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Mac Sales Growth Eclipses Average For PC Companies
Apple Inc. sold 1.6 million Macs in the quarter than ended Dec. 31, the company announced Wednesday, to end the year up nearly 30% from the year prior, easily outpacing U.S. and global PC growth rates. Analysts, however, don't think that the surge can be sustained.
For the quarter -- the first in its 2007 fiscal year, but the fourth in the calendar year -- Apple sold 637,000 desktop and 969,000 portable Macs, nearly the same amounts it sold in the quarter before. Unit sales were up 28% for the last 12 months over the same period the year before, but revenues were up even more dramatically: 40%. The spike was driven in part by an increase in the average Mac price. In the fourth quarter, the average price of a desktop Mac was $1,499, with portables averaging slightly higher at $1,501. Those numbers are substantially above the previous quarter's average prices of $1,392 and $1,363 for desktops and portables, respectively.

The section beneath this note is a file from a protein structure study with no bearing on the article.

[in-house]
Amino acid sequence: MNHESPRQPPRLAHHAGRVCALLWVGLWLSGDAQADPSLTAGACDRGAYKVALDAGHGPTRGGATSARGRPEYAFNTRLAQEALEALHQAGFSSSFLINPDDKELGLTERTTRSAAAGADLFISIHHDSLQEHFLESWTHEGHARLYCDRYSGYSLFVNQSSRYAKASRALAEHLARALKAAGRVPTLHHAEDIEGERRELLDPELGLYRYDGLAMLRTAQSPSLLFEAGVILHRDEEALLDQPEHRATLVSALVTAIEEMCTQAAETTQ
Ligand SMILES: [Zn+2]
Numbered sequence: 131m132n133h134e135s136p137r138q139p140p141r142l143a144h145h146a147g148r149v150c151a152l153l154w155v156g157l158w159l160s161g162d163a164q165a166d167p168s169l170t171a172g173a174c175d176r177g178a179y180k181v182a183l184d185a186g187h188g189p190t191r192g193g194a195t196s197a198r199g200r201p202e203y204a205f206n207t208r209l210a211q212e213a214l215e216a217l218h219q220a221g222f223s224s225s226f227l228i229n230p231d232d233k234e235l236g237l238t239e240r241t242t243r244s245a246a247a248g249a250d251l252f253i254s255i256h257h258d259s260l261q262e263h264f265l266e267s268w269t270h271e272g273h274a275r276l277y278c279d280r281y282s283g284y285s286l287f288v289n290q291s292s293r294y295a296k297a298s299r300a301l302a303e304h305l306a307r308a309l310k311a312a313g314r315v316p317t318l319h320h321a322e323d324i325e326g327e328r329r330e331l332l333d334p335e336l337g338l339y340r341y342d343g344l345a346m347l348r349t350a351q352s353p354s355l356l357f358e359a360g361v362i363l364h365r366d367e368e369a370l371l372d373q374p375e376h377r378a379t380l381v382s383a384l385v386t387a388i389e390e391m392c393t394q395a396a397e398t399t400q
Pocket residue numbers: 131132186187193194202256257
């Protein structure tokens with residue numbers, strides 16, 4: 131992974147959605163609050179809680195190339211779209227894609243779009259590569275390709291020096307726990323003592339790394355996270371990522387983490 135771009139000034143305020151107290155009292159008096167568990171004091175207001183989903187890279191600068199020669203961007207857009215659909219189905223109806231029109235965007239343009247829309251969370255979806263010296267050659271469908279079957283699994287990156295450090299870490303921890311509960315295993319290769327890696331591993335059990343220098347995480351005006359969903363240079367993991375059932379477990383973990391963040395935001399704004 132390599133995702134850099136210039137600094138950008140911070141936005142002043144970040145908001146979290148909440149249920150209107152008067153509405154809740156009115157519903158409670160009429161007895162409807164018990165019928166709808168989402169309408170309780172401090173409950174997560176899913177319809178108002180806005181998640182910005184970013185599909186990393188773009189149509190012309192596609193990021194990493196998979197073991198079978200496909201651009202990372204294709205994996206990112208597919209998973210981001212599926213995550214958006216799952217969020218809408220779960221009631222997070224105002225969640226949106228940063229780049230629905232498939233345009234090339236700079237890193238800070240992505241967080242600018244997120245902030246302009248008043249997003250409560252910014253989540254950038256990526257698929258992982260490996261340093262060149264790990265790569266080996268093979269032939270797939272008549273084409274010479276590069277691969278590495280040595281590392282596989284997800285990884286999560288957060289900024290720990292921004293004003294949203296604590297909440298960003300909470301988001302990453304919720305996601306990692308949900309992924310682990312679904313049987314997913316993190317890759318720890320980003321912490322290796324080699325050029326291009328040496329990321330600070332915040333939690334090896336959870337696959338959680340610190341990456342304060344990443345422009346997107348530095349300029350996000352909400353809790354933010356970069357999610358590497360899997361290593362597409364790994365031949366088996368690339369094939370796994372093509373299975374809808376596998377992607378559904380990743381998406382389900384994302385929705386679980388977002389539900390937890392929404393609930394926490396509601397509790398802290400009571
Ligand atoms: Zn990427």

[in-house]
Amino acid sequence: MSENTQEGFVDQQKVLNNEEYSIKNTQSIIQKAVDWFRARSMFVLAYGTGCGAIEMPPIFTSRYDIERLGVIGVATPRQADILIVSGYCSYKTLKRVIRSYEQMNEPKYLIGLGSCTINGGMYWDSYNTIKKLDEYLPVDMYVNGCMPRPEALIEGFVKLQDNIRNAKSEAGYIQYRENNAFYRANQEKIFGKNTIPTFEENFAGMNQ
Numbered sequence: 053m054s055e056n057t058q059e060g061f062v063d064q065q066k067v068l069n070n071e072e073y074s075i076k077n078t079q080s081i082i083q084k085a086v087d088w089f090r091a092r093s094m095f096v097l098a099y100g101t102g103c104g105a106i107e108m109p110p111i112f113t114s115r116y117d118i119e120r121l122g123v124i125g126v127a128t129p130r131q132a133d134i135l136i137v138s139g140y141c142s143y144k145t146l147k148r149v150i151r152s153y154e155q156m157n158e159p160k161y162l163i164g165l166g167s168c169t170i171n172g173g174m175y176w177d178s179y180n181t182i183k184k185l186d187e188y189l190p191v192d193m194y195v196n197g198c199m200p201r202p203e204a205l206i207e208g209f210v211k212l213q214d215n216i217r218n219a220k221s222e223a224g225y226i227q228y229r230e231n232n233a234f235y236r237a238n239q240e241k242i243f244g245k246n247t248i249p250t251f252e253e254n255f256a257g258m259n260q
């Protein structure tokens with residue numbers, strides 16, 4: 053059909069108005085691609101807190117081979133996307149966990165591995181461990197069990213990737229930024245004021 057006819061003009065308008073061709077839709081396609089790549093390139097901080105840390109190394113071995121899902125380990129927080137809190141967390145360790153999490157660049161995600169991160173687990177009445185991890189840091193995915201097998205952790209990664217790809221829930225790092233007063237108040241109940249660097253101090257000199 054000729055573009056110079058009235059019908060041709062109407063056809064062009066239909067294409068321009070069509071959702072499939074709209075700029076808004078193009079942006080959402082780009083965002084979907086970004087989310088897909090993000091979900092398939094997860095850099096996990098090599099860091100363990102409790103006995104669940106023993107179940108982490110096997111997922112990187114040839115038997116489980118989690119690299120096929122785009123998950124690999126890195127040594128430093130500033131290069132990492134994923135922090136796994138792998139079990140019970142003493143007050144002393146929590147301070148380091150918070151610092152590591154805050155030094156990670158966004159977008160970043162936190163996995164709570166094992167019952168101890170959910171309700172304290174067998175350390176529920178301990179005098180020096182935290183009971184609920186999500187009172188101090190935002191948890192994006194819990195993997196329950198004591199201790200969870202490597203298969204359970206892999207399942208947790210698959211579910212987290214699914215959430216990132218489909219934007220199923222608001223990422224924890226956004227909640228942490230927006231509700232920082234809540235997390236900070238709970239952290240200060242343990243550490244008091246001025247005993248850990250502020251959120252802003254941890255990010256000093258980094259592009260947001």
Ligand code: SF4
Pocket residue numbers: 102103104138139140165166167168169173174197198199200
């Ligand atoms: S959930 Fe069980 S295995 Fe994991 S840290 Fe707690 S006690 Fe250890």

The sales pushed up Apple's share of the U.S. market to 4.7% by IDC's figures, 5.1% by rival research firm Gartner's. But more impressive, say analysts, is the Cupertino, Calif., company's ability to outstrip other PC makers, and the global average, in growth.
"Apple's done extremely well compared to the overall U.S. market," says Gartner analyst Mikako Kitagawa. While overall U.S. total sales slipped 3.2% in the fourth quarter of 2006 compared to 2005's last three months, Apple swelled its numbers by 30.6%.
IDC's numbers showed the same beat-the-average performance. "This is pretty significant growth," says David Daoud, an IDC analyst. "It highlights the fact that the company is taking the right steps. It's moved to more standard components with the shift to Intel, and has benefited from the growth of its own retail stores as well as inking deals with sellers like Best Buy," Daoud says. "Apple is much better at reaching out to customers than most all of its competitors."
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